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Sharon Higgins (Sharon Rose, born Sharon Rose Black, July 6, 1941 – January 3, 2003) was an American country and gospel songwriter. Born in Bonne Terre, Missouri, Higgins was one of twelve children. When she was nine, her father was killed in a car accident. The loss impacted her greatly. However, music became an outlet for her and she poured herself into the craft.
Faith was an important theme throughout Higgins' life. A love of God and family was instilled in her at an early age and she credited the Lord with saving her life at the age of five when she was stricken with pneumonia and whooping cough. After the death of her father August "Gus" Black in 1950, Higgins found it difficult to "fit in" in the large family, but felt it was her duty to take care of the little ones left behind. Her mother, Mildred (Blanton), was forced to work several jobs to support the family. Higgins' education was ultimately put on hold so she could do her part. At the age of 17, Higgins married and left home. By the age of 21, she had her first child. The marriage was tumultuous and ended not long after the birth of their daughter. In an effort to support herself, Higgins went to work and started writing.
Music Row success
In 1968, Higgins took a job at a factory in St. Louis. While working the assembly line and dealing with revelations in her own marriage, Higgins penned the words to "Woman of the World (Leave My World Alone)". Not long after, she took the very last train from St. Louis to the Union Train Station in Nashville, Tennessee.
The next day, Higgins got up, packed her guitar, and headed to Music Row. She stumbled into the Surefire Music offices of the Wilburn Brothers. The receptionist told her Teddy Wilburn had no openings that day, but Higgins was determined to wait. That evening as Teddy Wilburn started to leave for the day, he saw the 27-year-old woman on the couch. He felt sorry for her and agreed to hear her songs. That meeting changed her life. Wilburn signed her to an artist development deal that very day. She was just the second woman to sign such a deal with the company; the first was Loretta Lynn.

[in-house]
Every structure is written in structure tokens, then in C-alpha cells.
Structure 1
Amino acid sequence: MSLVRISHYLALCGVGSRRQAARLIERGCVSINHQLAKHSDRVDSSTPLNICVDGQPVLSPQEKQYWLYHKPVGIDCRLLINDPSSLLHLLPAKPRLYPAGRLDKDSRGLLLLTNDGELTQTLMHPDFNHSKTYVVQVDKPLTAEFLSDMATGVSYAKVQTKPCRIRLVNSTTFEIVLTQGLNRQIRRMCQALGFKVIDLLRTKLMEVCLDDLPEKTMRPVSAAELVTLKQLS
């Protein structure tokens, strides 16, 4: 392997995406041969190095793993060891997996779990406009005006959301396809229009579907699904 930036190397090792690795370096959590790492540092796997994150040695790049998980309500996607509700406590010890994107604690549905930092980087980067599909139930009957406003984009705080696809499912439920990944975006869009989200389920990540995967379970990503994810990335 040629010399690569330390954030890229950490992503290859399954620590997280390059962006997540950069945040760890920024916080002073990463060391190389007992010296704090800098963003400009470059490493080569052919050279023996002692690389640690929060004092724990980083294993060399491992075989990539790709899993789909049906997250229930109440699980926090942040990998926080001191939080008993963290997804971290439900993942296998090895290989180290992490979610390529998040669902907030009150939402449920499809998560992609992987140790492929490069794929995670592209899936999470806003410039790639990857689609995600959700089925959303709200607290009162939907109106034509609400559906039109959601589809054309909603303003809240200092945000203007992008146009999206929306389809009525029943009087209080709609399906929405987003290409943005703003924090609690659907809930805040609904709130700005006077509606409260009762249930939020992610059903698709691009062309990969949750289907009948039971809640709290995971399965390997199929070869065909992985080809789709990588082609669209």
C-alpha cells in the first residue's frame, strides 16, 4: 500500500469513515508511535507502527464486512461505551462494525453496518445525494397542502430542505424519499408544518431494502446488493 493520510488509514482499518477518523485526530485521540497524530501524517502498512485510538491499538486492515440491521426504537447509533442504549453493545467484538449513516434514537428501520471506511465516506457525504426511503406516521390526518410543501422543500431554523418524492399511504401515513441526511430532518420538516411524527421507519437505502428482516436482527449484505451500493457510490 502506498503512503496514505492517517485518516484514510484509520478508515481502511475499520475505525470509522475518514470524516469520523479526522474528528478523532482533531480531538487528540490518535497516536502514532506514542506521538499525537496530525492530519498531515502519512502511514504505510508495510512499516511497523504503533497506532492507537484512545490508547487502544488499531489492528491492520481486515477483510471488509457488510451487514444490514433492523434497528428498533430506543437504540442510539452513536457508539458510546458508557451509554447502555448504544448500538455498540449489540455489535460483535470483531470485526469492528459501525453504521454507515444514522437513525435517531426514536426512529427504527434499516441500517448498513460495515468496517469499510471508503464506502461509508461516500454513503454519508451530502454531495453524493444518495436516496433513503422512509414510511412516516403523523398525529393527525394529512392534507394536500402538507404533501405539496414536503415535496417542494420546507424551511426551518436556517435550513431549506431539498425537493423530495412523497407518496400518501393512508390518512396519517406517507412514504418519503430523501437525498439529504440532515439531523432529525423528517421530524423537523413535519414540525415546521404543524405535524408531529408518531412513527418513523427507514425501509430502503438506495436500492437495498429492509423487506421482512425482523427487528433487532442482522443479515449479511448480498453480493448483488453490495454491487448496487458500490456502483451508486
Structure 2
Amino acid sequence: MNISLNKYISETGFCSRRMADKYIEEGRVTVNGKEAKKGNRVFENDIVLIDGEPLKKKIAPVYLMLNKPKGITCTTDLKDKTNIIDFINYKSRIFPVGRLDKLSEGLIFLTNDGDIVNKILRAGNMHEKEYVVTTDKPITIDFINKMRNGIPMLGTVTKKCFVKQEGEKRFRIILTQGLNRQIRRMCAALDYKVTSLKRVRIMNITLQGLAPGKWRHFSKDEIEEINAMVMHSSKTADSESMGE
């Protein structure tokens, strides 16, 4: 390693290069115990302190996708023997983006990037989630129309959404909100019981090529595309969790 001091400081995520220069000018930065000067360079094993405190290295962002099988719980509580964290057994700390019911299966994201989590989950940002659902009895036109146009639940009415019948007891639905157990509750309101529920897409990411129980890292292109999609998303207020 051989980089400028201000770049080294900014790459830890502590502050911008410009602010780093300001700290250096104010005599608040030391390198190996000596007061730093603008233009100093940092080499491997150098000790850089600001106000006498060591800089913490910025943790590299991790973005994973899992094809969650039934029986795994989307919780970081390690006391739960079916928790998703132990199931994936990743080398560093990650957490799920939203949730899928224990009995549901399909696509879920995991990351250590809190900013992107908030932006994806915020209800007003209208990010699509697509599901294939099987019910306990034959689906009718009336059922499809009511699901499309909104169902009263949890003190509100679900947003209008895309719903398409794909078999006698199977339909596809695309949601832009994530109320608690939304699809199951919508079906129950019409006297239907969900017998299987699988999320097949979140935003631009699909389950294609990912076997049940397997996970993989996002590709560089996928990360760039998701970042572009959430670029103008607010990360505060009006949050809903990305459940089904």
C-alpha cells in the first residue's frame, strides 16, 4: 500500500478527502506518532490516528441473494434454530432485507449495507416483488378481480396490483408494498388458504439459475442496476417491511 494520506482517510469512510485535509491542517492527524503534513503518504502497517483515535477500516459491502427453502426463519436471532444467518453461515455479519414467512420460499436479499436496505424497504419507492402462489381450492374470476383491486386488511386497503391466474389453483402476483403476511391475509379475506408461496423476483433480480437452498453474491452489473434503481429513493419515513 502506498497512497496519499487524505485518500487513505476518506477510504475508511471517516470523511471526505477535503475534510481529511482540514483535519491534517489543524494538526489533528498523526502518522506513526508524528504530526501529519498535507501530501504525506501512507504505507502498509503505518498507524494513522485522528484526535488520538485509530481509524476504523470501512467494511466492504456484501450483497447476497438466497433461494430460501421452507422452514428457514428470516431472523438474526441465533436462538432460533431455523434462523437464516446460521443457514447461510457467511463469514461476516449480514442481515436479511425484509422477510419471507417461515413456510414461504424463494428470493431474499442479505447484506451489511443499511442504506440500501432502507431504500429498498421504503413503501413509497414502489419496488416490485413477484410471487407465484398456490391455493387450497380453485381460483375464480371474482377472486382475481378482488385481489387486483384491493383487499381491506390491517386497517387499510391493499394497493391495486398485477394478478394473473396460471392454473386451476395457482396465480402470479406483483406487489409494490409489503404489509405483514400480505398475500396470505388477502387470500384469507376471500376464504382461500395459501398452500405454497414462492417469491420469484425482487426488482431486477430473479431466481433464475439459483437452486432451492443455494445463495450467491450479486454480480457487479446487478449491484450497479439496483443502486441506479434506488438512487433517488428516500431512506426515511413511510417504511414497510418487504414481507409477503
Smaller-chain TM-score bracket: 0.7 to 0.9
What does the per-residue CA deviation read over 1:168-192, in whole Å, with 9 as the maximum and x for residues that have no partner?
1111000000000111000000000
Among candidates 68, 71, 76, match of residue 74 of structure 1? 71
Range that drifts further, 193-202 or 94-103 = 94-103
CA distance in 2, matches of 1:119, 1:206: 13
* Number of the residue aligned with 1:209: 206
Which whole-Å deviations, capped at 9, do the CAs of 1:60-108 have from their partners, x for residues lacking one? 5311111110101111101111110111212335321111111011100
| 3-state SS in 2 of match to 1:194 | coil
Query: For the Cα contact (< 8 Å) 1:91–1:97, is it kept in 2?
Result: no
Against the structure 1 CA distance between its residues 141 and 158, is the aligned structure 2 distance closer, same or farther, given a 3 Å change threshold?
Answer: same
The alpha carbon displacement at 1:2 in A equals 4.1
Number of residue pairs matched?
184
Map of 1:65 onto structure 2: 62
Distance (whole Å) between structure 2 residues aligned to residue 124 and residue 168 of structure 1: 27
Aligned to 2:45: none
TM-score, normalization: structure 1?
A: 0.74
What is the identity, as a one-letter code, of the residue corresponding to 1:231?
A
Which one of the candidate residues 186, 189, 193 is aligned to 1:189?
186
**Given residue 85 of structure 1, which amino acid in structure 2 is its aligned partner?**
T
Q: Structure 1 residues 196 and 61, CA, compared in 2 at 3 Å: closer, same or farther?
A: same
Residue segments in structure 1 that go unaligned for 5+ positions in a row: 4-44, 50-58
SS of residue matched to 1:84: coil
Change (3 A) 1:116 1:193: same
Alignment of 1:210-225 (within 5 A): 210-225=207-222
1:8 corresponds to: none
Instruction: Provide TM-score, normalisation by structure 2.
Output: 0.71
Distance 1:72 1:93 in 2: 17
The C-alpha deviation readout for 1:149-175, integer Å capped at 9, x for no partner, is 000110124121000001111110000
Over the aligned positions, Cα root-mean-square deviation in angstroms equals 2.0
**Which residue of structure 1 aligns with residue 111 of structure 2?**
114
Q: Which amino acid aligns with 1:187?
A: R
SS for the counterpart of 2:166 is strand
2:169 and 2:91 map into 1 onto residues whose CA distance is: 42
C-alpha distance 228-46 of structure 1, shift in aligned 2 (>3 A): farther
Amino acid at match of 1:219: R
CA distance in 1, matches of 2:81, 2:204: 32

In 1969, the song "Woman of the World (Leave My World Alone)" was recorded by Loretta Lynn and climbed to #1 on the Billboard Country Music Chart. The song earned Higgins the BMI Citation of Achievement. Higgins found other success with songs like "When You Leave My World" Loretta Lynn, "All I Got Left" Norma Jean, "Love Ain't Gonna Die" Mel Tillis, "The Only Way to Hold Your Man" (title cut) Norma Jean, and "Hold on Woman" Jeannie Pruett.
Marriage and family
Higgins was married at the age of 17. The marriage resulted in one child, Sherry Anne, and ended when Higgins was in her early twenties. She met and married Jerry Higgins in 1965, the marriage lasted ten years. The couple had no children. In 1976, Higgins met and married Ray Loafman. In 1980, the couple had a baby girl, Bethany Brooke. The marriage lasted until her death in 2003.
Higgins also helped her siblings find success in country music. Her brother Damon Black was a close friend to Porter Wagoner and the father of bluegrass, Bill Monroe. Both men recorded his several of his songs. In addition, Higgins sister Joyce McCord had a hit with "Always Always", a duet by Dolly Parton and Porter Wagoner.
Music of the 1990s and 2000s
In 1992, Higgins' career shot back with the recording of "All of that Love from Here" by Wynonna Judd. The song was a co-write with Kris Bergsnes and Lynn Langham. The album was Wynonna's first solo project after leaving The Judds and it reached triple platinum status. Higgins' faith was the foundation of her life and she loved to write gospel music. In 1994, "I Saw the Master This Morning", a co-write with Dave Gillon and Margie Crumbie, was recorded by Bill Harrell and the Virginians. In 2002, The Oak Ridge Boys recorded "Beneath the Christmas Tree" a co-write with Jeff Pearson for their "An Inconvenient Christmas" album.
Higgins had battled heart problems most of her adult life. On January 2, 2003 she grew ill. She died on January 3, 2003 at her home in White House, Tennessee. She was buried at Hillcrest Cemetery in White House, where her family still resides. She is survived by her husband and both daughters.